Table of Contents
Last updated February 14, 2001
SPRING 2001 THEORY WORKBOOK
Explanation of Theory:
The sensation seeking theory states that individuals seek activities and experiences that will gratify their need for sensation, and maintains that there are different levels of sensation (high or low) that can be applied.
Zuckerman, M. (1979). Sensation seeking: Beyond the optimal level of arousal. Hillsdale, NJ: Lawrence Erlbaum.
The Interactional View is also known as the theory of pragmatics because of the dependence on the particular situation at hand. Miscommunication occurs because people are not "speaking the same language." These languages are brought because people have different points of view from which they are speaking. When people's content and relationship component do not match up, miscommunication is likely to occur.
Based on the metatheoretical
assumptions, Sensation Seeking is a humanistic theory. Epistemologically,
the theory holds multiple truths as there are different levels of sensation
seeking that can be applied to different individuals, and it is also possible
that some people are not sensation seekers. Ontologically, the theory
lies in the middle of the
According to Farrell’s
criteria for a useful humanistic theory, Sensation Seeking
Ideas and Implications:
This theory has many implications for everyday life. Since families often suffer from miscommunication, this thoery is able to explain why such things take palce. The suggestion to reframe problems in order to gain a better understanding of what is going on seems like sound and practical advice.
Pat and Terry were
walking through the woods one hot, summer day. After hours
Donohew, L., Lorch, E.P., & Palmgreen, P. (1991). Sensation seeking,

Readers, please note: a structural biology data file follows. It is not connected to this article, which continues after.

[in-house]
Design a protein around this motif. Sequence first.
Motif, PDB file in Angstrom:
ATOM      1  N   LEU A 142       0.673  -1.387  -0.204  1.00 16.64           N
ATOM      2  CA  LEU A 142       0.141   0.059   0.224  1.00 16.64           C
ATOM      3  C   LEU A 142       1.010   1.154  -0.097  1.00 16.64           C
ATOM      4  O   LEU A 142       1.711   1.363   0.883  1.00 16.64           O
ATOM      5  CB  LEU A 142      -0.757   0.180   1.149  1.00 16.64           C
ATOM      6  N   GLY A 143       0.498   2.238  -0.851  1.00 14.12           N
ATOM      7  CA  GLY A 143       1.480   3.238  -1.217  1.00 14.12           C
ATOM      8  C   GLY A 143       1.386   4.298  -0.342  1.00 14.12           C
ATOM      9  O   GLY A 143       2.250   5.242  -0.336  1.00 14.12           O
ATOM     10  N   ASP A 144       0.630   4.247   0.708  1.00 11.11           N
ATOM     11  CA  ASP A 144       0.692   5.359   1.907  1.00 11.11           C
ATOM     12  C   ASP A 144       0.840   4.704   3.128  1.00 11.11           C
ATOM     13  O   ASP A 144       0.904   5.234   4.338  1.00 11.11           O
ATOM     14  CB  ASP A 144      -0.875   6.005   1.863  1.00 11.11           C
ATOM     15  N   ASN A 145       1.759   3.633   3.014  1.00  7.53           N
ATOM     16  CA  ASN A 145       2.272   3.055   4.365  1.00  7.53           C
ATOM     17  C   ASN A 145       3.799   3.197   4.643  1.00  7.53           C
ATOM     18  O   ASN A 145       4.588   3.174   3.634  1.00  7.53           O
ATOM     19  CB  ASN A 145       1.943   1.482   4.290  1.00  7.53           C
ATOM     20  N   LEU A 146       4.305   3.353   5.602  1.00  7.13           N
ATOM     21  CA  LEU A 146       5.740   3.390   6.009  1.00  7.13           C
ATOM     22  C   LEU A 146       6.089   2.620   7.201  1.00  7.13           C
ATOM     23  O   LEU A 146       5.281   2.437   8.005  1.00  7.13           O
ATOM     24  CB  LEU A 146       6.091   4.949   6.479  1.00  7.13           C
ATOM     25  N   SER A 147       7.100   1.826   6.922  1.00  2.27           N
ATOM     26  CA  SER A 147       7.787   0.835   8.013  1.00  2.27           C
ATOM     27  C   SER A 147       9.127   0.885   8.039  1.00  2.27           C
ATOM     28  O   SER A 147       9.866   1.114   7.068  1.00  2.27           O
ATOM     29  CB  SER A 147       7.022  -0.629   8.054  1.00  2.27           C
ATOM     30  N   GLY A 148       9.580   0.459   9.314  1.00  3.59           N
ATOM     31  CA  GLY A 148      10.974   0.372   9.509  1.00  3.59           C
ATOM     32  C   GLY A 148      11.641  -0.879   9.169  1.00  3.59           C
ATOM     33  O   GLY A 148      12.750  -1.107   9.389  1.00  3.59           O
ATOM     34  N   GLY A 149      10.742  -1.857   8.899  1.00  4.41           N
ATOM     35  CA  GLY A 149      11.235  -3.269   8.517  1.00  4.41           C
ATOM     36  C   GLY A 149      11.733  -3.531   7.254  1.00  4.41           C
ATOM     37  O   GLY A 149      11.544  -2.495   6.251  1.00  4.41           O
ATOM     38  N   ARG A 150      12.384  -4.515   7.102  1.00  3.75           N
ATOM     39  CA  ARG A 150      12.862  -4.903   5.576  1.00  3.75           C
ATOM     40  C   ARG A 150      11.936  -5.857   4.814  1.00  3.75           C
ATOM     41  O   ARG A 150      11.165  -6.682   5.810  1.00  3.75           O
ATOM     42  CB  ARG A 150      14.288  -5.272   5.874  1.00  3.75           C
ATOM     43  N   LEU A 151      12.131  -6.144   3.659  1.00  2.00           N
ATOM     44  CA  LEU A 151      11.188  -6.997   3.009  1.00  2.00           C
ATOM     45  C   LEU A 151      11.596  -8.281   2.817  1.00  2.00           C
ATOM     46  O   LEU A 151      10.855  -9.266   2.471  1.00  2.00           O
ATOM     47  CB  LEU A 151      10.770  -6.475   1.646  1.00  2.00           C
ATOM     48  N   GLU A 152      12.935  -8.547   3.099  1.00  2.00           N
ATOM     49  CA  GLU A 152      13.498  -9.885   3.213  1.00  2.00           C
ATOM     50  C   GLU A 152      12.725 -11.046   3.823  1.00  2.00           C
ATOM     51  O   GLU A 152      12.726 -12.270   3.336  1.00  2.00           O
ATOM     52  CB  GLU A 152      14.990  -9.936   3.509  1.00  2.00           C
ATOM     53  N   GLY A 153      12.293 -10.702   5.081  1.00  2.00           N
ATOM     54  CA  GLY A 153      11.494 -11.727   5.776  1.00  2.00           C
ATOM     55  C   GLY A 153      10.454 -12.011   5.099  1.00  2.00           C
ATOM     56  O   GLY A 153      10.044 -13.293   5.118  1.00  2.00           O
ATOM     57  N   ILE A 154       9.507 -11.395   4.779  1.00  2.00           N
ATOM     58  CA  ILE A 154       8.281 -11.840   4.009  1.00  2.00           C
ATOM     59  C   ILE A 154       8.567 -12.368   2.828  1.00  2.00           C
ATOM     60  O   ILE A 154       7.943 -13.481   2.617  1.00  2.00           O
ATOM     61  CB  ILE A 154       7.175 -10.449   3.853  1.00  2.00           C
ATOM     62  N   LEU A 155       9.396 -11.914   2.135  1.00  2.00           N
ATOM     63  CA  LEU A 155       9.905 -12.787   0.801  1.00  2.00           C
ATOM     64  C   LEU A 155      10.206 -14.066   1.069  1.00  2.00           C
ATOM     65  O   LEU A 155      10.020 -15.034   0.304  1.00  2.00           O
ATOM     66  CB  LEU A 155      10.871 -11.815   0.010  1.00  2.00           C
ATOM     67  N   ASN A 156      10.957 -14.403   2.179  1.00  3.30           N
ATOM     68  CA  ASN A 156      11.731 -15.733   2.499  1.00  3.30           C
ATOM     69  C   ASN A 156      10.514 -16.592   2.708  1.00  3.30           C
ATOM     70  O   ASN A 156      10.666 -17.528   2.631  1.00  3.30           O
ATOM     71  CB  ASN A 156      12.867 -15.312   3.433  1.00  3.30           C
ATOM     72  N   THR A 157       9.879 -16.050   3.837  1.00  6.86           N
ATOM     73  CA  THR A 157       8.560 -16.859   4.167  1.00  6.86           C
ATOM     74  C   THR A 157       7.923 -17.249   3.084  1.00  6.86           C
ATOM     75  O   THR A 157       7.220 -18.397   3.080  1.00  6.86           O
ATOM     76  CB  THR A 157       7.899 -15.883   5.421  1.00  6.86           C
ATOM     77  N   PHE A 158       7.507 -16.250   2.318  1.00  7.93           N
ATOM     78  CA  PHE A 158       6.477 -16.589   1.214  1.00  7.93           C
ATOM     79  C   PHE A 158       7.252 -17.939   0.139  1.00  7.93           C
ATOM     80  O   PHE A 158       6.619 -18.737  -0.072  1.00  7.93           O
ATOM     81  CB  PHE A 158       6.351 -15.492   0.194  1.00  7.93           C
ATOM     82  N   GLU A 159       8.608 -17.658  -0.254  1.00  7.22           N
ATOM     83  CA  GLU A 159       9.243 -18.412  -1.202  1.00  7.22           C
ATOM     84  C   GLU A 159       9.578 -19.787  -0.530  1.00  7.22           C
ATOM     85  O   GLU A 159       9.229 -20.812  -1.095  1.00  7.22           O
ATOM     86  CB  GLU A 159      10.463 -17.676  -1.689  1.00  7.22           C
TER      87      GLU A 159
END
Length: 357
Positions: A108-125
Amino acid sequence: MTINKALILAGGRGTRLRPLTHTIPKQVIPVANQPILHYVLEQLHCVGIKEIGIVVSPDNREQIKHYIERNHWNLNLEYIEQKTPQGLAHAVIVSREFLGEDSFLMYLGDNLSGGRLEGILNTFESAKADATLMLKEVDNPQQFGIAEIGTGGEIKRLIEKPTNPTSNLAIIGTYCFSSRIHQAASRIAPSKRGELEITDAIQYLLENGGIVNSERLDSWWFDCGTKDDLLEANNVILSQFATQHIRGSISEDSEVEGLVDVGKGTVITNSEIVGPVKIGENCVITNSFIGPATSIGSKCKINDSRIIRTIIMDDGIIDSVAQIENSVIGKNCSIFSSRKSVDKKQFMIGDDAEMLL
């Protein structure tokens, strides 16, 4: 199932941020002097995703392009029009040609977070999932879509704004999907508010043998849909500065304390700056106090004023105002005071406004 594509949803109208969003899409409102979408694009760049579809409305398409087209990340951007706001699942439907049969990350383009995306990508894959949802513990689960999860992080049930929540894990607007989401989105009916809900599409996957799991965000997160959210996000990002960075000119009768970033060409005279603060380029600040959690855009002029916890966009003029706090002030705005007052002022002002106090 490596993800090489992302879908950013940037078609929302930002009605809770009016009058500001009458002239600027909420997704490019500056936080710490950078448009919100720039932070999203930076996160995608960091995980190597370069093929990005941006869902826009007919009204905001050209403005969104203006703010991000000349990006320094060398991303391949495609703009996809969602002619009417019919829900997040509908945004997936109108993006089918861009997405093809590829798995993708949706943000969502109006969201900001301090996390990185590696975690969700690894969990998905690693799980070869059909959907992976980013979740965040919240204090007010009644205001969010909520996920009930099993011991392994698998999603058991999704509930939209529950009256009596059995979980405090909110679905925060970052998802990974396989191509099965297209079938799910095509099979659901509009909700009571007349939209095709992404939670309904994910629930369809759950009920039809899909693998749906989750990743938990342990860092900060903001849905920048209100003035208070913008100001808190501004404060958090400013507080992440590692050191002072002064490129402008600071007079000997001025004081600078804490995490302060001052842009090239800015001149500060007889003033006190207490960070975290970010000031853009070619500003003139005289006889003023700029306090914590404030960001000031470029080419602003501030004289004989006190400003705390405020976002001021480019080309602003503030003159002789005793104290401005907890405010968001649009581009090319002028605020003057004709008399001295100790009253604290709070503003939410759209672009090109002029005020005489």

Lorch, E.P., Palmgreen, P., Donohew, L., Helm, D., Baew, S.A., & Dsilva,
Palmgreen, P., Lorch, E.P., Donohew, L., Harrington, N.G., Dsilva, M.U.,
Location in Eight (8) Primary Communication Theory Textbooks:
Anderson, R., & Ross, V. (1998). Questions of communication: A practical introduction to theory (2nd ed.). New York: St. Martin's Press. N/A
Cragan, J. F., & Shields, D.C. (1998). Understanding communication theory: The communicative forces for human action. Boston, MA: Allyn & Bacon. N/A
Griffin, E. (2000). A first look at communication theory (4th ed.). Boston, MA: McGraw-Hill. N/A
Griffin, E. (1997). A first look at communication theory (3rd ed.). New York: McGraw-Hill. N/A
Infante, D. A., Rancer, A. S., & Womack, D. F. (1997). Building communication theory (3rd ed.). Prospect Heights, IL: Waveland Press. N/A
Littlejohn, S. W. (1999). Theories of human communication (6th ed). Belmont, CA: Wadsworth. N/A
West, R., & Turner, L. H. (2000). Introducing communication theory: Analysis and application. Mountain View, CA: Mayfield. N/A
Wood, J. T. (1997). Communication theories in action: An introduction.
Belmont, CA: Wadsworth. N/A